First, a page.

Valerie McEnroe
If you can only have one book on the Civil War, this is it. No one tells this story better than Steve Sheinkin. In fact, I would say, this is Sheinkin's best work. Given his portfolio of excellent nonfiction books for kids, this isn't a statement to take lightly.

Like his similar book King George: What Was His Problem?, Sheinkin uses humor in just the right dose to make this an easy, entertaining, light read about the Civil War. And yet, he manages to cover everything. His writing is so masterf
Jan 28, 2019 rated it it was ok  ·  review of another edition
This book was informative, for it taught me a lot of information based on the civil war. However, I didn't give this book a high rating since I do not have an affinity for nonfiction books (even though they are resourceful and interesting). This book had a lot of action, which made it better than most nonfiction books, but I still was contented enough to give it more than 3 stars.

For those who are looking for a book related to the civil war, this would be my top recommendation. I personally thou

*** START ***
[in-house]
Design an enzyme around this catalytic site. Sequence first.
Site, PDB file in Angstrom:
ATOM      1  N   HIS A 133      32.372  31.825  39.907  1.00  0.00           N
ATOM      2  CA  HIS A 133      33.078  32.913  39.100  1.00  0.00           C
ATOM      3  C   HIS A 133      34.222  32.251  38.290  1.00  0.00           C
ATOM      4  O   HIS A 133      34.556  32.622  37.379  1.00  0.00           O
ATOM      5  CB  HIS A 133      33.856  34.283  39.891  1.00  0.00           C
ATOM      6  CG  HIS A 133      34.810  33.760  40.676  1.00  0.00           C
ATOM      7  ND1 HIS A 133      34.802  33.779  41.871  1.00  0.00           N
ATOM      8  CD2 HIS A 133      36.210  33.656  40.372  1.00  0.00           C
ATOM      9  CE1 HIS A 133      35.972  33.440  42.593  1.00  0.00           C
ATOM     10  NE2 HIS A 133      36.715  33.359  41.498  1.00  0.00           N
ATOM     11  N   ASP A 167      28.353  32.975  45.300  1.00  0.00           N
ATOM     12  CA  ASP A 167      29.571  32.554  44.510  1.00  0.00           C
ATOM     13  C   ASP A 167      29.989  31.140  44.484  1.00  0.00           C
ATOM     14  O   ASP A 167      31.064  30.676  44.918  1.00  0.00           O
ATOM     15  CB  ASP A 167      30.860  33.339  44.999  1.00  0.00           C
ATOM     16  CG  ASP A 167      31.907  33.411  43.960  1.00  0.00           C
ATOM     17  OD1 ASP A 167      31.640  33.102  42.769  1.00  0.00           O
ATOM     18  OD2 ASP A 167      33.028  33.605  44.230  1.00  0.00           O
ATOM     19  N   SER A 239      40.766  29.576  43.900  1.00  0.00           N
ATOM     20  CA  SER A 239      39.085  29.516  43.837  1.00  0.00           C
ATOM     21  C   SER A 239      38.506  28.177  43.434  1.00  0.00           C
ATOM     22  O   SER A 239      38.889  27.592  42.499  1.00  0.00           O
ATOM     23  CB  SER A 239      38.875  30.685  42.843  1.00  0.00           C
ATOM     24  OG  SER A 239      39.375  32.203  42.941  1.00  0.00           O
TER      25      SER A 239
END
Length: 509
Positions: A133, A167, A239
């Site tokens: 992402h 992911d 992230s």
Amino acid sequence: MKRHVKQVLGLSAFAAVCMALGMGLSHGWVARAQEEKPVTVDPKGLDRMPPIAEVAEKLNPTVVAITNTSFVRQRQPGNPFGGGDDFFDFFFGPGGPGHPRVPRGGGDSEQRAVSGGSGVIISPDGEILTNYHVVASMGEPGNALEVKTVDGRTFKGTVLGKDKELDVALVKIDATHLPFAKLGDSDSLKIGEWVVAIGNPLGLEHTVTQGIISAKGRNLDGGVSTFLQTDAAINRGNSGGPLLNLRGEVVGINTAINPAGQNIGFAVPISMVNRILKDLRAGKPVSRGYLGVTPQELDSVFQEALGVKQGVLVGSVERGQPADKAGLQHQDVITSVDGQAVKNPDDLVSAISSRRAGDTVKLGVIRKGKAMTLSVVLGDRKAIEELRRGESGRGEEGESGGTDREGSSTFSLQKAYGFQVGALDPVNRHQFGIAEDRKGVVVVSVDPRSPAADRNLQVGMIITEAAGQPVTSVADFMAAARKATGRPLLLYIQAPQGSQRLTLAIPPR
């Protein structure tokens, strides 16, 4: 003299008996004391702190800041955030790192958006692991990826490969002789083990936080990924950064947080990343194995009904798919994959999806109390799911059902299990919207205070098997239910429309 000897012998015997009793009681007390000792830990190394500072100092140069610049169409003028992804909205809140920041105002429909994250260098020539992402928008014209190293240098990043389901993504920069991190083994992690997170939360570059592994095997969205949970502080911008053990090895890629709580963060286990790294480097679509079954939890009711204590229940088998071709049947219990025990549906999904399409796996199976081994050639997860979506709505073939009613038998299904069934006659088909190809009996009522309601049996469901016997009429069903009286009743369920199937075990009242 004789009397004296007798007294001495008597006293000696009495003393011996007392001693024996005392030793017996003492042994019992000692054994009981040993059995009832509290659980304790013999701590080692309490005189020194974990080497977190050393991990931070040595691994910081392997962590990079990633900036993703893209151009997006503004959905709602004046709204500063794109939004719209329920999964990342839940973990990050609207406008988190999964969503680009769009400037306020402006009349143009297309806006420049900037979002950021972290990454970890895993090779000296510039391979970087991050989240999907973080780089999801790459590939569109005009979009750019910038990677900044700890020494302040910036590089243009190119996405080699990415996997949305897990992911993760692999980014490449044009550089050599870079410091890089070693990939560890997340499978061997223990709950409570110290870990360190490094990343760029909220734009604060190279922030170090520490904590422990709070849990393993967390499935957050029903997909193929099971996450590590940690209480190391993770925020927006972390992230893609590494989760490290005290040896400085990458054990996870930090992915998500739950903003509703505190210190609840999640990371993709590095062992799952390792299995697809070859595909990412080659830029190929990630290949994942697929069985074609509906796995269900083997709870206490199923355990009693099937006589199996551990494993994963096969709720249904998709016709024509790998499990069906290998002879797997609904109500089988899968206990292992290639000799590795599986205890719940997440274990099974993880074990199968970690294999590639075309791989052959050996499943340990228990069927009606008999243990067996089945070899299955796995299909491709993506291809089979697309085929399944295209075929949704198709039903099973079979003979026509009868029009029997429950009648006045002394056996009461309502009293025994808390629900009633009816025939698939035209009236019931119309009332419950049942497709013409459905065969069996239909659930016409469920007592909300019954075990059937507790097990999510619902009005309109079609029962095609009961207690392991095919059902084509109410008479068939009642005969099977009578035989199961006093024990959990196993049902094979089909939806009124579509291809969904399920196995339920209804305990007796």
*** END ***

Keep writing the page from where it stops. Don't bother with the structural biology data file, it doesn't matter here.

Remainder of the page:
Lawrence Jia
Two Miserable presidents is definitely one of the most entertaining history books I have ever read. I usually don’t enjoy reading long history books because they often contain pieces of info that are most certainly relevant however are extremely boring and doesn’t make me want to remember it and I usually forget. However this book changed that perspective. There were so many little details such as what a person’s nickname was and the funny backstory behind it or the funny pictures that portrayed ...more
Meg McGregor
Sep 17, 2018 rated it really liked it  ·  review of another edition
I was a teacher for over 30 years and had my share of textbooks.

Textbooks have their use in our society and our students need to have them!

But, if I was still a teacher, I definitely would read this book to my students as they were learning about the Civil War!

As a student, I would love to have known these facts and anecdotes that the author found, after hours and hours of painstaking research!

I look forward to reading his book about the Revolutionary War!